Following the capitulation of Germany in November 1918, most of the High Seas Fleet, under the command of Rear Admiral Ludwig von Reuter, were interned in the British naval base in Scapa Flow. Prior to the departure of the German fleet, Admiral Adolf von Trotha made clear to von Reuter that he could not allow the Allies to seize the ships, under any conditions. The fleet rendezvoused with the British light cruiser Cardiff, which led the ships to the Allied fleet that was to escort the Germans to Scapa Flow. The massive flotilla consisted of some 370 British, American, and French warships. Once the ships were interned, their guns were disabled through the removal of their breech blocks, and their crews were reduced to 200 officers and men.
The fleet remained in captivity during the negotiations that ultimately produced the Treaty of Versailles. Von Reuter believed that the British intended to seize the German ships on 21 June 1919, which was the deadline for Germany to have signed the peace treaty. Unaware that the deadline had been extended to the 23rd, Reuter ordered the ships to be sunk at the next opportunity. On the morning of 21 June, the British fleet left Scapa Flow to conduct training maneuvers, and at 11:20 Reuter transmitted the order to his ships. Kronprinz Wilhelm sank at 13:15; The British guard detail panicked in their attempt to prevent the Germans from scuttling the ships; British soldiers aboard a nearby drifter shot and killed a stoker from Kronprinz Wilhelm. In total, the guards killed nine Germans and wounded twenty-one. The remaining crews, totaling some 1,860 officers and enlisted men, were imprisoned.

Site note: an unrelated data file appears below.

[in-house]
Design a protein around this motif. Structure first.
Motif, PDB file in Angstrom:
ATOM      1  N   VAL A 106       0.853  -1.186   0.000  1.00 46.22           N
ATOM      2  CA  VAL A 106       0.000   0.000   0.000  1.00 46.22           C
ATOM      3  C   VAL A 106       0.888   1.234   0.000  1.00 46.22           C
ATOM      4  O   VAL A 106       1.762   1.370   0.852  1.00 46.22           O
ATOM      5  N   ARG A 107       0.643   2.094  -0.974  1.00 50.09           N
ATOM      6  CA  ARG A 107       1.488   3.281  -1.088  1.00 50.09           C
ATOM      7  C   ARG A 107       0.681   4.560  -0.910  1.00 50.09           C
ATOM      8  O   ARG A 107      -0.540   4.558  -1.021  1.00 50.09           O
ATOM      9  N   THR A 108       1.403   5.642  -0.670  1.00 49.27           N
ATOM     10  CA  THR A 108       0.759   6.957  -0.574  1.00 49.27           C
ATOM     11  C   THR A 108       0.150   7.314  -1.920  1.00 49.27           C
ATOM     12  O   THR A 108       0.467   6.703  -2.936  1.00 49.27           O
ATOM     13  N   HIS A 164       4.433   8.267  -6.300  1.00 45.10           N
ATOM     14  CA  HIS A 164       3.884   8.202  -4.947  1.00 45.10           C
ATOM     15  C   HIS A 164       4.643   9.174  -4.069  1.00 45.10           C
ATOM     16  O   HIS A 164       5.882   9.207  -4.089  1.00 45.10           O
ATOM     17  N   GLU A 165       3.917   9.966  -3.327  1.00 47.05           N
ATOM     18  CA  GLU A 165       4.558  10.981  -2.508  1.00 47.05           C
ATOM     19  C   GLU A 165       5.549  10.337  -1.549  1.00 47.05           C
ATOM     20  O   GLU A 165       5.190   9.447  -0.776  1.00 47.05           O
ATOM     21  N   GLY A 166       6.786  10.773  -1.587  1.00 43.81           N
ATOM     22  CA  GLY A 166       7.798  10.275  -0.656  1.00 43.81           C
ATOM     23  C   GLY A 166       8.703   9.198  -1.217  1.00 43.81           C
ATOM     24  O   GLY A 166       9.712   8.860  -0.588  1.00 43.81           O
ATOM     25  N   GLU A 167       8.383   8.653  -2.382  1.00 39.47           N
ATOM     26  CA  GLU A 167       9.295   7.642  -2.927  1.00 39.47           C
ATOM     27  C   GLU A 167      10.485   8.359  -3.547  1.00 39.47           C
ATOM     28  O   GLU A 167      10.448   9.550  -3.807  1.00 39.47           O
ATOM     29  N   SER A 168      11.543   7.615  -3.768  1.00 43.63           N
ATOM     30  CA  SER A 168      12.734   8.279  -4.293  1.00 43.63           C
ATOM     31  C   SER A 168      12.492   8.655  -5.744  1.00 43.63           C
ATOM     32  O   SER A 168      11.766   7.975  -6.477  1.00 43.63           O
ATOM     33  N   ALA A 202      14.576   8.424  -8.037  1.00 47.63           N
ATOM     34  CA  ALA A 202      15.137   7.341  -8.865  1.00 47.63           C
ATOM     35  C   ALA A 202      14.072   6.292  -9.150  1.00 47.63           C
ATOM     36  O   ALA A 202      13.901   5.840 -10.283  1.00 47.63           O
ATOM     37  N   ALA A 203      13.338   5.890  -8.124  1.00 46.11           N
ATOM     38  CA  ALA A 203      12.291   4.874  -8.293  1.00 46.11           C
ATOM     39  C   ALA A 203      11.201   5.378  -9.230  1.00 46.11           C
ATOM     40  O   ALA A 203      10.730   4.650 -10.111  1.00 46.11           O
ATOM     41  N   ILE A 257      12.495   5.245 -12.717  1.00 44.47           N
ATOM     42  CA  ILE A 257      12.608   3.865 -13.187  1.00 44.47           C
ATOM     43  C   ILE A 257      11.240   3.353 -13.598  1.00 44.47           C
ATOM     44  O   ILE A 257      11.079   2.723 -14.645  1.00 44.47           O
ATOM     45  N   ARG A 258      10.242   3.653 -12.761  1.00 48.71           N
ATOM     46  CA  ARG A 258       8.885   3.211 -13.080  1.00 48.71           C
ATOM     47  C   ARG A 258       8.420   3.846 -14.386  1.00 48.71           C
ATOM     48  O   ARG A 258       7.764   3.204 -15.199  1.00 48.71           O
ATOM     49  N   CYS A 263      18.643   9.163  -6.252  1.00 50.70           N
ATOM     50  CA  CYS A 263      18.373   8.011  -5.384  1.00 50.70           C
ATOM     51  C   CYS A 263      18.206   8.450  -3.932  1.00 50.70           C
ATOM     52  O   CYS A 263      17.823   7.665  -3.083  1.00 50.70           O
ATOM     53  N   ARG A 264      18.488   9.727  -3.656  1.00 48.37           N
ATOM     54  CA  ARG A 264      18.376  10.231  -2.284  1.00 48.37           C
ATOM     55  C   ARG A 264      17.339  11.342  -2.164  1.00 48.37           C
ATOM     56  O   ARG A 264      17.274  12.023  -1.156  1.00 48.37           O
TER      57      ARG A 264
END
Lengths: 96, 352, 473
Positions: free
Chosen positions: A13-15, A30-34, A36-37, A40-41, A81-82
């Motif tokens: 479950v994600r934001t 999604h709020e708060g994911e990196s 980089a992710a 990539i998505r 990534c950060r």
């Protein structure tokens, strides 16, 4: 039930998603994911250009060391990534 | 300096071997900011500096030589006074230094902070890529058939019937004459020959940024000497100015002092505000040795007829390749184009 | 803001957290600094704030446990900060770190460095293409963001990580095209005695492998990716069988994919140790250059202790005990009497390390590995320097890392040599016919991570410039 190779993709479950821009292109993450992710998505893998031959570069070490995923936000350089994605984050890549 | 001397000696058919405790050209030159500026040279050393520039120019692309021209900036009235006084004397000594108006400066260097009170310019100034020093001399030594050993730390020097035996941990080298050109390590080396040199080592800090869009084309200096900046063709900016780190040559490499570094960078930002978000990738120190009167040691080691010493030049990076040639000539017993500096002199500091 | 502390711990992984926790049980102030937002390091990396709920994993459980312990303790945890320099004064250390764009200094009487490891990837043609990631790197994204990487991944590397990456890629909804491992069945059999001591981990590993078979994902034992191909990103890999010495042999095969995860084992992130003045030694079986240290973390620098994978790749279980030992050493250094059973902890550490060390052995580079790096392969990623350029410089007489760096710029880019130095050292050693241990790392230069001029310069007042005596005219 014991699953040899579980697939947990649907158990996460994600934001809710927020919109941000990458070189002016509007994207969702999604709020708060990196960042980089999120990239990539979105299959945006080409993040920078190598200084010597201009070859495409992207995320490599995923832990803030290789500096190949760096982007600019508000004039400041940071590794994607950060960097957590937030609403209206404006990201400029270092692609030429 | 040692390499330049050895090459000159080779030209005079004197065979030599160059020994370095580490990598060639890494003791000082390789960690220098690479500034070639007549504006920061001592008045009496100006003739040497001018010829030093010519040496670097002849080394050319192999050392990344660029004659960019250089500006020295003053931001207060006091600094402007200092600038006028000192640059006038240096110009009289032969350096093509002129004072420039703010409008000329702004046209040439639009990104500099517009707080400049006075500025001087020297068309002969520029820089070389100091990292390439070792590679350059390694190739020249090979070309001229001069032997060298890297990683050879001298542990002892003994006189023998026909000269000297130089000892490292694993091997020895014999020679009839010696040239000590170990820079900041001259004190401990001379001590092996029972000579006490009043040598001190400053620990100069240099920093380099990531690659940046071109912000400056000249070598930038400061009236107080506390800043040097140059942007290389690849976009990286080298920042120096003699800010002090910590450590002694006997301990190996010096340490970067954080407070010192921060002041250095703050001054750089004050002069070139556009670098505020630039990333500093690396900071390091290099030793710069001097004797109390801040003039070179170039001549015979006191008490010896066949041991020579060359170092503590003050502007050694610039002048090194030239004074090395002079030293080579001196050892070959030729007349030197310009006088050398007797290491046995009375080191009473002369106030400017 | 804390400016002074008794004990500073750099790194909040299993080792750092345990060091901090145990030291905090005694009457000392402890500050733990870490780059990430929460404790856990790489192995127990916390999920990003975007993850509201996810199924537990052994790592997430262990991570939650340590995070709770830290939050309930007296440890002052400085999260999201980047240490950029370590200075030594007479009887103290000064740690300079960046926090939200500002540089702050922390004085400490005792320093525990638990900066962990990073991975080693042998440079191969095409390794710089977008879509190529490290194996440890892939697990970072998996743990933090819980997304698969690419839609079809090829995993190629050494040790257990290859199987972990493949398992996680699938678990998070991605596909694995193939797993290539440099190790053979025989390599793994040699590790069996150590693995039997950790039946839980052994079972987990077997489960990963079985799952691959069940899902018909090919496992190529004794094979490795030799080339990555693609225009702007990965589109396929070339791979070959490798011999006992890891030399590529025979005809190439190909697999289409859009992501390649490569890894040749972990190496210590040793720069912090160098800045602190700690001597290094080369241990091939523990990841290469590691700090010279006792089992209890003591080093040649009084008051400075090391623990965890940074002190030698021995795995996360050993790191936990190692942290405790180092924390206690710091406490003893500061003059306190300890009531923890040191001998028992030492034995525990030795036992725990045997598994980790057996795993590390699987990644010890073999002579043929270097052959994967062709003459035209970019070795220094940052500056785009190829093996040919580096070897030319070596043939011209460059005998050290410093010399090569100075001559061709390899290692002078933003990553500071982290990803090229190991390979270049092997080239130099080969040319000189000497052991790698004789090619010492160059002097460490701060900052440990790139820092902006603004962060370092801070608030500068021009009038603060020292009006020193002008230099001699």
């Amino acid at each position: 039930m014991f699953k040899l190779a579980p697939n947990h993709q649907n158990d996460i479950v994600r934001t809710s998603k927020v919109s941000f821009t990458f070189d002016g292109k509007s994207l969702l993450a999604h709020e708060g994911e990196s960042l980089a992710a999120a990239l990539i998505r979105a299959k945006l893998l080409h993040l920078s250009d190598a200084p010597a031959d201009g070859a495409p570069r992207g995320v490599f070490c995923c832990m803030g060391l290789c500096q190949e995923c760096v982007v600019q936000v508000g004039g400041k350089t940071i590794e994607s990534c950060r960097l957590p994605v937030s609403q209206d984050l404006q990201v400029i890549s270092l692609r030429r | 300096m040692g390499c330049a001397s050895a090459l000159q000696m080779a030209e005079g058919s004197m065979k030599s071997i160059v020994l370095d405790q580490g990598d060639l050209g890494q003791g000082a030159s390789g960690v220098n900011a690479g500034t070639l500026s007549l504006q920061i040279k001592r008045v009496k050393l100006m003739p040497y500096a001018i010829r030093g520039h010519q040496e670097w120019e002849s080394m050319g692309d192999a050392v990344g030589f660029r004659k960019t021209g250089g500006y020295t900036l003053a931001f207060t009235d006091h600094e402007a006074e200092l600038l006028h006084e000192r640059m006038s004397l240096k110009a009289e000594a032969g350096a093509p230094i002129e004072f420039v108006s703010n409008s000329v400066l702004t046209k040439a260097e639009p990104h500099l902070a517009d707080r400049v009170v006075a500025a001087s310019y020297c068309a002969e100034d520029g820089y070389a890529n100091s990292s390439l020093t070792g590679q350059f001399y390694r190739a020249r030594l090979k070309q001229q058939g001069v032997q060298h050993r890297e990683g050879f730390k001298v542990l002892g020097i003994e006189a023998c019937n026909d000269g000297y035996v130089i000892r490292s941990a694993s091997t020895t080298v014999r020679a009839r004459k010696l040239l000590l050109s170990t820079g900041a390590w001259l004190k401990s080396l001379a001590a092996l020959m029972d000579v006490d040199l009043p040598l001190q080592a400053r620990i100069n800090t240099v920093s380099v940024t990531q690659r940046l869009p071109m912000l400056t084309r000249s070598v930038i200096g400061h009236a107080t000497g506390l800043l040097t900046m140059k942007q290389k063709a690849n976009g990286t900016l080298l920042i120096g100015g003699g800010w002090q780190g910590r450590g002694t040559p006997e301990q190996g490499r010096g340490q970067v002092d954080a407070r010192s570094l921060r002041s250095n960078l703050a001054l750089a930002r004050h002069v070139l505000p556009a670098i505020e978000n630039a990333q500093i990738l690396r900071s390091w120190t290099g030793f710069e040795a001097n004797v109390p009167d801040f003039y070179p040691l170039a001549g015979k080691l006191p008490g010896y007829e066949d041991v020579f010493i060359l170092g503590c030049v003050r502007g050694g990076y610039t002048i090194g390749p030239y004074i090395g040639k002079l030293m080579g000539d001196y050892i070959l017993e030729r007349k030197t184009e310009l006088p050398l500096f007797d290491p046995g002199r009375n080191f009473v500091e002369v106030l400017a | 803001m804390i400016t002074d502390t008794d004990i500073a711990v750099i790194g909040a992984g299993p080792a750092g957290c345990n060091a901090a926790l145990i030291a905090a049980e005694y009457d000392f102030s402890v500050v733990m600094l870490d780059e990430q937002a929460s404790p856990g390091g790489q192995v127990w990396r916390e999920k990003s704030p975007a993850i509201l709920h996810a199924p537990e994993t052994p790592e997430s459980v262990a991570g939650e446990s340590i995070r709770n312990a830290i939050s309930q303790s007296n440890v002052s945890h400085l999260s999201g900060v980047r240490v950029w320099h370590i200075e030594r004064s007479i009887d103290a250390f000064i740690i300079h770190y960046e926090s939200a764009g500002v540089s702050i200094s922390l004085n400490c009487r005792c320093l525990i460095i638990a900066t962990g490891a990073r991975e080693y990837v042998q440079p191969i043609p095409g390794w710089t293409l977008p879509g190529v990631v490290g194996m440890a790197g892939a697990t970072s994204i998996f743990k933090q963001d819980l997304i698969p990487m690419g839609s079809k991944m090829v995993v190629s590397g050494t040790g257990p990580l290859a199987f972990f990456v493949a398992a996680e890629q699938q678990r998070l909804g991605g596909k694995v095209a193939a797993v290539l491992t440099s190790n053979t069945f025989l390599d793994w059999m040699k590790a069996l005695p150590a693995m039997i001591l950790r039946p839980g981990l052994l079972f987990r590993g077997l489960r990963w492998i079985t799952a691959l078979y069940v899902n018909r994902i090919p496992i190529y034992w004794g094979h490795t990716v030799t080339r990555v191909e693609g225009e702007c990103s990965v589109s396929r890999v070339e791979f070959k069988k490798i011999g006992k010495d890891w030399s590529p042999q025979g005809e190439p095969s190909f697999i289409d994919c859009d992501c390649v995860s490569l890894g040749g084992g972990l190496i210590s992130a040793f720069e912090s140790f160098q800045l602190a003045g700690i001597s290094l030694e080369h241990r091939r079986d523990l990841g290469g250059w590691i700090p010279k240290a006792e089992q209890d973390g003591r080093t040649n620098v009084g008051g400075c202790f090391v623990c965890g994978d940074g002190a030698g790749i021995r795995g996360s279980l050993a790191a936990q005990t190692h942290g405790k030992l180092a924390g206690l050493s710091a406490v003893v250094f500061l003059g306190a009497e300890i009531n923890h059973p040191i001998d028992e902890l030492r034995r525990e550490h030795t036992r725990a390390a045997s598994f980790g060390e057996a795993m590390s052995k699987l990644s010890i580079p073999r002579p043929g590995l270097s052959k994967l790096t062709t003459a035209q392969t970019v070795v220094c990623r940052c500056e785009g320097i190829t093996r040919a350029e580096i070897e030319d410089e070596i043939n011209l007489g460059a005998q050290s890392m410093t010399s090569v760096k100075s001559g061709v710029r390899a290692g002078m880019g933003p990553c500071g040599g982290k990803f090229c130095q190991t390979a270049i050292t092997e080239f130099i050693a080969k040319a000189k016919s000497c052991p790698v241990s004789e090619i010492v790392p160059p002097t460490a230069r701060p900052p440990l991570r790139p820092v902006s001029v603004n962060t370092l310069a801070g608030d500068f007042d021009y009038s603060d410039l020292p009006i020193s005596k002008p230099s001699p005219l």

Kronprinz Wilhelm was never raised for scrapping, unlike most of the other capital ships that were scuttled. Kronprinz Wilhelm and two of her sisters had sunk in deeper water than the other capital ships, which made a salvage attempt more difficult. The outbreak of World War II in 1939 put a halt to all salvage operations, and after the war it was determined that salvaging the deeper wrecks was financially impractical. The rights to future salvage operations on the wreck were sold to Britain in 1962. The depth in which the three battleships sank insulated them from the radiation released by the use of atomic weapons. As a result, Kronprinz Wilhelm and her sisters are one of the few remaining sources of radiation-free steel. The ships have occasionally had steel removed for use in scientific devices. Kronprinz Wilhelm and the other vessels on the bottom of Scapa Flow are a popular dive site, and are protected by a policy barring divers from recovering items from the wrecks. In 2017, marine archaeologists from the Orkney Research Centre for Archaeology conducted extensive surveys of Kronprinz Wilhelm and nine other wrecks in the area, including six other German and three British warships. The archaeologists mapped the wrecks with sonar and examined them with remotely operated underwater vehicles as part of an effort to determine how the wrecks are deteriorating.